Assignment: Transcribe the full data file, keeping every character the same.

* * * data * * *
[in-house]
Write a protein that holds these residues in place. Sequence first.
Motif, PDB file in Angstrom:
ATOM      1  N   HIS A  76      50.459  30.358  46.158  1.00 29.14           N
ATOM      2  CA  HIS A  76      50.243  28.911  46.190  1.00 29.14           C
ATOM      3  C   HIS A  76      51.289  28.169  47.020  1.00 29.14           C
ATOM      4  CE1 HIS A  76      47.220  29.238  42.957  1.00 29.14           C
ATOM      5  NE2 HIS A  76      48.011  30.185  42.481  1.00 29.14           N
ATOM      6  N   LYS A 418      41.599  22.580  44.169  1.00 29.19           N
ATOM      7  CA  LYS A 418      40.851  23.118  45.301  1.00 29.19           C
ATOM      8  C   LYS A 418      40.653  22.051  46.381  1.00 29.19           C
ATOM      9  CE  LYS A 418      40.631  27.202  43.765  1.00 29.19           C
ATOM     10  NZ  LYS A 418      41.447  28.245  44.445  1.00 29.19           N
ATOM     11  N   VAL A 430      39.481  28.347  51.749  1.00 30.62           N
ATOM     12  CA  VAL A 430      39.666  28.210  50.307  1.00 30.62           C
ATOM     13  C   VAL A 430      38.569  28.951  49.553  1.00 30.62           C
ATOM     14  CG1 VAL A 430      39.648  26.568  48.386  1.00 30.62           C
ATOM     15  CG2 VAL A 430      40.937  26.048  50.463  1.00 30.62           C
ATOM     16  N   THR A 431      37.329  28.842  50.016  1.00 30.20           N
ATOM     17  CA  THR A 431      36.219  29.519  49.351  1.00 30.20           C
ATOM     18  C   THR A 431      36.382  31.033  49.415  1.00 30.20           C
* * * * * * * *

[in-house]
Write a protein that holds these residues in place. Sequence first.
Motif, PDB file in Angstrom:
ATOM      1  N   HIS A  76      50.459  30.358  46.158  1.00 29.14           N
ATOM      2  CA  HIS A  76      50.243  28.911  46.190  1.00 29.14           C
ATOM      3  C   HIS A  76      51.289  28.169  47.020  1.00 29.14           C
ATOM      4  CE1 HIS A  76      47.220  29.238  42.957  1.00 29.14           C
ATOM      5  NE2 HIS A  76      48.011  30.185  42.481  1.00 29.14           N
ATOM      6  N   LYS A 418      41.599  22.580  44.169  1.00 29.19           N
ATOM      7  CA  LYS A 418      40.851  23.118  45.301  1.00 29.19           C
ATOM      8  C   LYS A 418      40.653  22.051  46.381  1.00 29.19           C
ATOM      9  CE  LYS A 418      40.631  27.202  43.765  1.00 29.19           C
ATOM     10  NZ  LYS A 418      41.447  28.245  44.445  1.00 29.19           N
ATOM     11  N   VAL A 430      39.481  28.347  51.749  1.00 30.62           N
ATOM     12  CA  VAL A 430      39.666  28.210  50.307  1.00 30.62           C
ATOM     13  C   VAL A 430      38.569  28.951  49.553  1.00 30.62           C
ATOM     14  CG1 VAL A 430      39.648  26.568  48.386  1.00 30.62           C
ATOM     15  CG2 VAL A 430      40.937  26.048  50.463  1.00 30.62           C
ATOM     16  N   THR A 431      37.329  28.842  50.016  1.00 30.20           N
ATOM     17  CA  THR A 431      36.219  29.519  49.351  1.00 30.20           C
ATOM     18  C   THR A 431      36.382  31.033  49.415  1.00 30.20           C